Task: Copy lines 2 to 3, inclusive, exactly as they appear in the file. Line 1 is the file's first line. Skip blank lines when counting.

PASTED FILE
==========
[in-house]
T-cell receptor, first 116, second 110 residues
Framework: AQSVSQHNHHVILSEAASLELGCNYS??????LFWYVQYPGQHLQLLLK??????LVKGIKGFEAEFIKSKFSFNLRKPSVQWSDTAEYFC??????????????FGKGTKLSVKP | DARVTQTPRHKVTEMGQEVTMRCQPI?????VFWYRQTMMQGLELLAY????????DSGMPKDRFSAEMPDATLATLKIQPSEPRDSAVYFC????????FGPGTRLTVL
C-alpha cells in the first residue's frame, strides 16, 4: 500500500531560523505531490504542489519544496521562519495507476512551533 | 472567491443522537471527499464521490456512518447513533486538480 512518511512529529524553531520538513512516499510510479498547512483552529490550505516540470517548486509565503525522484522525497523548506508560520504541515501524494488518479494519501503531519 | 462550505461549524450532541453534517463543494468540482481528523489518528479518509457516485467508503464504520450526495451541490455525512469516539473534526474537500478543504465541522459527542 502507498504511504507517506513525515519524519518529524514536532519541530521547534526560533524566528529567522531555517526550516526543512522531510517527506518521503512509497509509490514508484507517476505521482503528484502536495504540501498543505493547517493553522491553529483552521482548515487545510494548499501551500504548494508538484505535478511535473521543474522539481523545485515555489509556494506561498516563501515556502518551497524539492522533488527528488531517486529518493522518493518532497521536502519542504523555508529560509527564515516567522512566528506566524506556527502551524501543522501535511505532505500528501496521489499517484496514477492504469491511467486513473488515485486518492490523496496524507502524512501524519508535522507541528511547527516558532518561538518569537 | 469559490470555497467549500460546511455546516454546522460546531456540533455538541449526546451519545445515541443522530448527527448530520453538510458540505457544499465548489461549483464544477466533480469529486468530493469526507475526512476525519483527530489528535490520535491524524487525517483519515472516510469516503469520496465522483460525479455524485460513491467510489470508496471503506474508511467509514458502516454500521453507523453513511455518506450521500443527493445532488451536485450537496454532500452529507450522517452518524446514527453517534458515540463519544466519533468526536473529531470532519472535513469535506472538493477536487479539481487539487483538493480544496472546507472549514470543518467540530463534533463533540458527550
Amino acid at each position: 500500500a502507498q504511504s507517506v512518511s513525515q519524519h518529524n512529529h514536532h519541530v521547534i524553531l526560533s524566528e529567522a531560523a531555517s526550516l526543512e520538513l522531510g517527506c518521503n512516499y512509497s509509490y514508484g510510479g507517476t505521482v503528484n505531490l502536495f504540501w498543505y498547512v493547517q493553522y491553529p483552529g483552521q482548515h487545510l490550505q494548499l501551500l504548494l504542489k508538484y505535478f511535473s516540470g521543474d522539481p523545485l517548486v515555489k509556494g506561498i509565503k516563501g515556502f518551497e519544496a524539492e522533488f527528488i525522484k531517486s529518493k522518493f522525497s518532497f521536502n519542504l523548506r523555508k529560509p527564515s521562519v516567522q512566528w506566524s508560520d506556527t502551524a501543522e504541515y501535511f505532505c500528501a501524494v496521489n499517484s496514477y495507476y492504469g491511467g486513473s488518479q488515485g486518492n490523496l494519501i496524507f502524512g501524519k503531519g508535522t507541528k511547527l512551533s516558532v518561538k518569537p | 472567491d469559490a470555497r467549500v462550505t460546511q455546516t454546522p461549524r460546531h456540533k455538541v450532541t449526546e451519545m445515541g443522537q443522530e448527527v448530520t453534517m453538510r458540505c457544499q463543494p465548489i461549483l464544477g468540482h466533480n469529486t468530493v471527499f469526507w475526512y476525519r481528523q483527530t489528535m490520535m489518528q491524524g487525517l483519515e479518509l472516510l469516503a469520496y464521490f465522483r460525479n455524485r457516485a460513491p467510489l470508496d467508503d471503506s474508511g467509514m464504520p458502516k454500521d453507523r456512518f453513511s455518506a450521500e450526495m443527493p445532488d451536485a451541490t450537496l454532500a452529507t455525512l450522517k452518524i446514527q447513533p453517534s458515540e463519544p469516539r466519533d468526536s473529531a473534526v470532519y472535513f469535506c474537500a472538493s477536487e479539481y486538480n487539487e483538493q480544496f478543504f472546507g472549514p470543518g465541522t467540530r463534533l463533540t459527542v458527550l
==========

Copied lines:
T-cell receptor, first 116, second 110 residues
Framework: AQSVSQHNHHVILSEAASLELGCNYS??????LFWYVQYPGQHLQLLLK??????LVKGIKGFEAEFIKSKFSFNLRKPSVQWSDTAEYFC??????????????FGKGTKLSVKP | DARVTQTPRHKVTEMGQEVTMRCQPI?????VFWYRQTMMQGLELLAY????????DSGMPKDRFSAEMPDATLATLKIQPSEPRDSAVYFC????????FGPGTRLTVL